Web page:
For our CTS lecture this week we had the other Ian, who told us about researching in the library and cataloguing. He taught us how to use the Dewey System, which is the system most libraries use to classify and catalogue their books.
THE TEN MAIN CLASSES OF THE DEWEY SYSTEM
- 000 General Knowledge
- 100 Philosophy and Psychology
- 200 Religion
- 300 Social Sciences
- 400 Languages
- 500 Science
- 600 Technology
- 700 Arts and Recreation
- 800 Literature
- 900 History and Geography
Besides the ten main classes, you then have the hundreds division, which are the sub-categories for each of the main classes. For instance, within the 700s (Arts and Recreation), there is Architecture (720s), Drawing and decorative arts (740s), Graphic arts (760s), Photography (770s) and so on…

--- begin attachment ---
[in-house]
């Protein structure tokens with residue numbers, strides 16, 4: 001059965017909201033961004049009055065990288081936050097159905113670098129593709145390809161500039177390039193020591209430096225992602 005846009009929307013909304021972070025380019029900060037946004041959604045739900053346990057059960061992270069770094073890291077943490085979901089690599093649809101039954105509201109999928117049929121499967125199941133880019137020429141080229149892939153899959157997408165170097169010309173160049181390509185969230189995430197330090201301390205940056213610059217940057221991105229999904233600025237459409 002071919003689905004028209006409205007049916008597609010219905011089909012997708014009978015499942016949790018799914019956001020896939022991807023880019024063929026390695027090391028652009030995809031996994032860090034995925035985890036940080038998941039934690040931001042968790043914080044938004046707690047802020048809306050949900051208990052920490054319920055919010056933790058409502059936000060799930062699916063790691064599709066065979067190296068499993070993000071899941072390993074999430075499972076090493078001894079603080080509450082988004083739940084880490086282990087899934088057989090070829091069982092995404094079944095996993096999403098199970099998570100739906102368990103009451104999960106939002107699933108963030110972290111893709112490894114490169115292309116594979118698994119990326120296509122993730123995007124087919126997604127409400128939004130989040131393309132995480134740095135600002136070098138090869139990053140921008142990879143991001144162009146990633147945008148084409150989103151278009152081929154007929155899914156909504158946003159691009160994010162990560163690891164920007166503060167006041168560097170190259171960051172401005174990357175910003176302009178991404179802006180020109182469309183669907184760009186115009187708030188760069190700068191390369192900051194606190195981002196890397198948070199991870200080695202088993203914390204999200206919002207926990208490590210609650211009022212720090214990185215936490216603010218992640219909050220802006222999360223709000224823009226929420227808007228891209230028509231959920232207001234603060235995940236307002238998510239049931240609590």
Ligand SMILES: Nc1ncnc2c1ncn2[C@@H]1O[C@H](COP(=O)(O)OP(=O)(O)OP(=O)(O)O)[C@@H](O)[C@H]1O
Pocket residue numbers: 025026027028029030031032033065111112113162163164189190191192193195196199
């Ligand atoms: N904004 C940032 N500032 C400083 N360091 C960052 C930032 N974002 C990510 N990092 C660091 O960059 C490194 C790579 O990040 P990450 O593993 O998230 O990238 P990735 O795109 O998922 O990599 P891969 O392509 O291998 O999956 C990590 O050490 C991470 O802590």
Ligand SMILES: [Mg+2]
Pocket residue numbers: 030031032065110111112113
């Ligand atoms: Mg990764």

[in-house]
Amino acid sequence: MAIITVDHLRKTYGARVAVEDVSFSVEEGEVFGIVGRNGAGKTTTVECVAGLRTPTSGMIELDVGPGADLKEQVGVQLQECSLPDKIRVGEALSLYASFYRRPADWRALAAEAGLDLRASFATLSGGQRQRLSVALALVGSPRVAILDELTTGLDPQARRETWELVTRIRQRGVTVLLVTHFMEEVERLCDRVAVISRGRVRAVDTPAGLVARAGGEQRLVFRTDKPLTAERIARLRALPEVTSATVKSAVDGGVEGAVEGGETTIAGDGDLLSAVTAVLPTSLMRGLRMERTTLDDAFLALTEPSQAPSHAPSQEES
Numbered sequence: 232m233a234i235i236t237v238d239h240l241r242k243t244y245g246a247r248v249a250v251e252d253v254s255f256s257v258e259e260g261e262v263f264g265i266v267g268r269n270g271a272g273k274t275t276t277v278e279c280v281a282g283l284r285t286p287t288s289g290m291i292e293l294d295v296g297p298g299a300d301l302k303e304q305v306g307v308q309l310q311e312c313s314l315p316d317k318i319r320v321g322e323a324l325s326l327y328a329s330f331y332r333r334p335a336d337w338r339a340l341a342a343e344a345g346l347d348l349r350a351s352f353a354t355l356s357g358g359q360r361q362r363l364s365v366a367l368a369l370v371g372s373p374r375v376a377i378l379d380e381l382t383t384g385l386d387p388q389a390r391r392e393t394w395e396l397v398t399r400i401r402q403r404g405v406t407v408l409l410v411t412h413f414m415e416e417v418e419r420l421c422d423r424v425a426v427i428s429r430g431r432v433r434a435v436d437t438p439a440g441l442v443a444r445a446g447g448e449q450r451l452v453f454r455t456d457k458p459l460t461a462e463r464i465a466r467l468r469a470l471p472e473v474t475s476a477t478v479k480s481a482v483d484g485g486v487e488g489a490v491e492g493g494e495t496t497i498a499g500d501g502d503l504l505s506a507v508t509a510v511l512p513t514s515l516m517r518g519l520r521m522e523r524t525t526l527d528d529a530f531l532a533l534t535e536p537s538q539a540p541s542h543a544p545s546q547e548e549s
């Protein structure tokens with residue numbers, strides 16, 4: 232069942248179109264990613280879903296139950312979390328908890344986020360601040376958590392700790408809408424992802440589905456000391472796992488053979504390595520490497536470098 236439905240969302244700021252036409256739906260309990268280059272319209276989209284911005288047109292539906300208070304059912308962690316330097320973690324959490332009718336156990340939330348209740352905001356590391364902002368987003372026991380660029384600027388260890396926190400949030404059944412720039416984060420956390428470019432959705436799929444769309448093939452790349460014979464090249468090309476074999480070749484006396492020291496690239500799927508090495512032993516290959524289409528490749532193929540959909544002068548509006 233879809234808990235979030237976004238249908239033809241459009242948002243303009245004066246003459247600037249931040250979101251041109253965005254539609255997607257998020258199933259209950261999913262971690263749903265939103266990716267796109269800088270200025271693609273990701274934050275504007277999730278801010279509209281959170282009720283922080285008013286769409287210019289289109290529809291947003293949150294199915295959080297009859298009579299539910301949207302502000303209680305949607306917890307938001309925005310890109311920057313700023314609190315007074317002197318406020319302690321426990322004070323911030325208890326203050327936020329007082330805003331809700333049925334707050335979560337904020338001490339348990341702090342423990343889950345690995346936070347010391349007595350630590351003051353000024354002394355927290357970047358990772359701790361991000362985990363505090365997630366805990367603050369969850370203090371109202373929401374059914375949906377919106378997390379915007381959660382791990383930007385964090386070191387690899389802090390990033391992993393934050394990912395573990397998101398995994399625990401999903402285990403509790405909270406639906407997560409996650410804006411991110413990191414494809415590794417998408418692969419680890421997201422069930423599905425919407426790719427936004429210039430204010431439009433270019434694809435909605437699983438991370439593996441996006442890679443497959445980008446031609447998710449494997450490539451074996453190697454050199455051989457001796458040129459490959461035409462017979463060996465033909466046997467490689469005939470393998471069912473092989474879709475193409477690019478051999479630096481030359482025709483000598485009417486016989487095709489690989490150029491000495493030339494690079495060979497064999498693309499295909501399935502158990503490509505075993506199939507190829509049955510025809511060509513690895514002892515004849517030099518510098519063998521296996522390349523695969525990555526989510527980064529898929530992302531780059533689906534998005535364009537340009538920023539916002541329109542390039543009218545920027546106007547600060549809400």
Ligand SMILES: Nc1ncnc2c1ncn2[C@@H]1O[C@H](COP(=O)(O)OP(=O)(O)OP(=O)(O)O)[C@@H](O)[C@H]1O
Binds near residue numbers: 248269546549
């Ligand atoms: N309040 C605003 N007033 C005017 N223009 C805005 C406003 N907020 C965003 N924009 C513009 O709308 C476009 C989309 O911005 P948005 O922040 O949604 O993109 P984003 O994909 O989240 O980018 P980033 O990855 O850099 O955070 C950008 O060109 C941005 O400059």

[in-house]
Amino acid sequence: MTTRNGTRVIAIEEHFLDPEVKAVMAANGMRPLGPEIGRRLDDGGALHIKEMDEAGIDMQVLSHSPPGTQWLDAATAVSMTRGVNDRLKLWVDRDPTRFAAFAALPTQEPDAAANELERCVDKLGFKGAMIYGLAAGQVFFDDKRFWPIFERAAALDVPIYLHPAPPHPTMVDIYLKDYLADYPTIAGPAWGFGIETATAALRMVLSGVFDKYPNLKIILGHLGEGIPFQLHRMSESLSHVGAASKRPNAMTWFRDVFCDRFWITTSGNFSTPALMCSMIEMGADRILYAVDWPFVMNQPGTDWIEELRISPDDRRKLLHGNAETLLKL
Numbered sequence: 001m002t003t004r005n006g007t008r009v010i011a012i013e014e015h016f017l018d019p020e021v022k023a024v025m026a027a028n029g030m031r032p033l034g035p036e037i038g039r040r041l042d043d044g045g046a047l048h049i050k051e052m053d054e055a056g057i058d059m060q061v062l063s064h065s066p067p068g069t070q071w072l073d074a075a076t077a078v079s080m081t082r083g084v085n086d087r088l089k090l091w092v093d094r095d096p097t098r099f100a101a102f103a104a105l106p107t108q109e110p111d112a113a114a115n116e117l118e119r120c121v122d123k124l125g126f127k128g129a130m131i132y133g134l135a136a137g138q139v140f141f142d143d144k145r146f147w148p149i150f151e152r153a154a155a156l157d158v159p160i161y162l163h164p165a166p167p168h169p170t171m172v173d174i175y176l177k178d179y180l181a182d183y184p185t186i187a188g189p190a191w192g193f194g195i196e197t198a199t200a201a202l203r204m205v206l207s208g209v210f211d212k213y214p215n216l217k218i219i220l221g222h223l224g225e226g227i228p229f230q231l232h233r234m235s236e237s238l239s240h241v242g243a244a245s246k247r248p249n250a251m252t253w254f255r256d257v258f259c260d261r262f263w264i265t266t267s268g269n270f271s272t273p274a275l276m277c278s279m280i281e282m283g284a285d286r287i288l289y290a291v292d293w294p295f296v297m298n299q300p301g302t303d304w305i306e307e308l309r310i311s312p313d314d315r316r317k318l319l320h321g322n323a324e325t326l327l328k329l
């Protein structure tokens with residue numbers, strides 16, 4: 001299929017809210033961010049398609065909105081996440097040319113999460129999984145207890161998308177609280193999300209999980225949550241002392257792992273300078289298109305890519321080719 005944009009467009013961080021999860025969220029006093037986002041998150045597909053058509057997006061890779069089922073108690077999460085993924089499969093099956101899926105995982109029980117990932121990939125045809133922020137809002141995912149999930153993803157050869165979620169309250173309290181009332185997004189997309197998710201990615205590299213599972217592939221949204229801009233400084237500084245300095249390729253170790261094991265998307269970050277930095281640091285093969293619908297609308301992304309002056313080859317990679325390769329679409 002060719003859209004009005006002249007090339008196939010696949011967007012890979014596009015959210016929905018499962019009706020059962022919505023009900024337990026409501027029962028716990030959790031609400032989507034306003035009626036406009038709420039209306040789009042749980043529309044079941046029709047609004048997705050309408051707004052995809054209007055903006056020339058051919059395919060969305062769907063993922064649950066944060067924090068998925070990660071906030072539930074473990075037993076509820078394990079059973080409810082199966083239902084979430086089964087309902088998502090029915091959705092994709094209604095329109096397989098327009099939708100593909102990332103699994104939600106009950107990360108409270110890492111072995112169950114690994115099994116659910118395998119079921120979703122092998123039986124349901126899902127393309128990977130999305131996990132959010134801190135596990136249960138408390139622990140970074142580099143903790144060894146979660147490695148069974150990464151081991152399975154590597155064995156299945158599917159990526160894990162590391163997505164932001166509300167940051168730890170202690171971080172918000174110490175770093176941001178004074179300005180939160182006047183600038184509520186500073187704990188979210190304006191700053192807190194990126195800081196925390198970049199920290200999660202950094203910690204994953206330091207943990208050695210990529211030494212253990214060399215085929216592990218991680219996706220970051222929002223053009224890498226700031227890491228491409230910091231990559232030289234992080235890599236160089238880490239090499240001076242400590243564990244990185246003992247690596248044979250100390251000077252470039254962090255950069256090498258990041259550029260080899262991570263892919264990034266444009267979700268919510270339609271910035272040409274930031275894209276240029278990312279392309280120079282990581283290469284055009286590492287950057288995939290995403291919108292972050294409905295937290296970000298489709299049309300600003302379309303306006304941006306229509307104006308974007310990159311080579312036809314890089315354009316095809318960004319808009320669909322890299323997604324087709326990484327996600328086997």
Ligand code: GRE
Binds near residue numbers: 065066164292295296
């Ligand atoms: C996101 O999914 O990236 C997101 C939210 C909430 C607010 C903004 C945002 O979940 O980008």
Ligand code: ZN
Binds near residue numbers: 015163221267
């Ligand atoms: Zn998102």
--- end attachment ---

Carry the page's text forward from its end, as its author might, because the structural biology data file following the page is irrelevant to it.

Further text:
Although it is a great system, the Dewey classification still has its problems. Its subjectivism is one, as different libraries will put the same book in different categories. We all have different perspectives and if, for instance, a book looks at areas such as Science and Philosophy, I may want to put it in the 100s, while others choose to put it in the 500s. It can certainly get confusing…!
Ian also told us about a project/study he made at the Cambridge University Library in 2008, named “Powerhouse”. I found it quite interesting and so I’ll enclose this post with a link to it here, in case someone wants to have a look.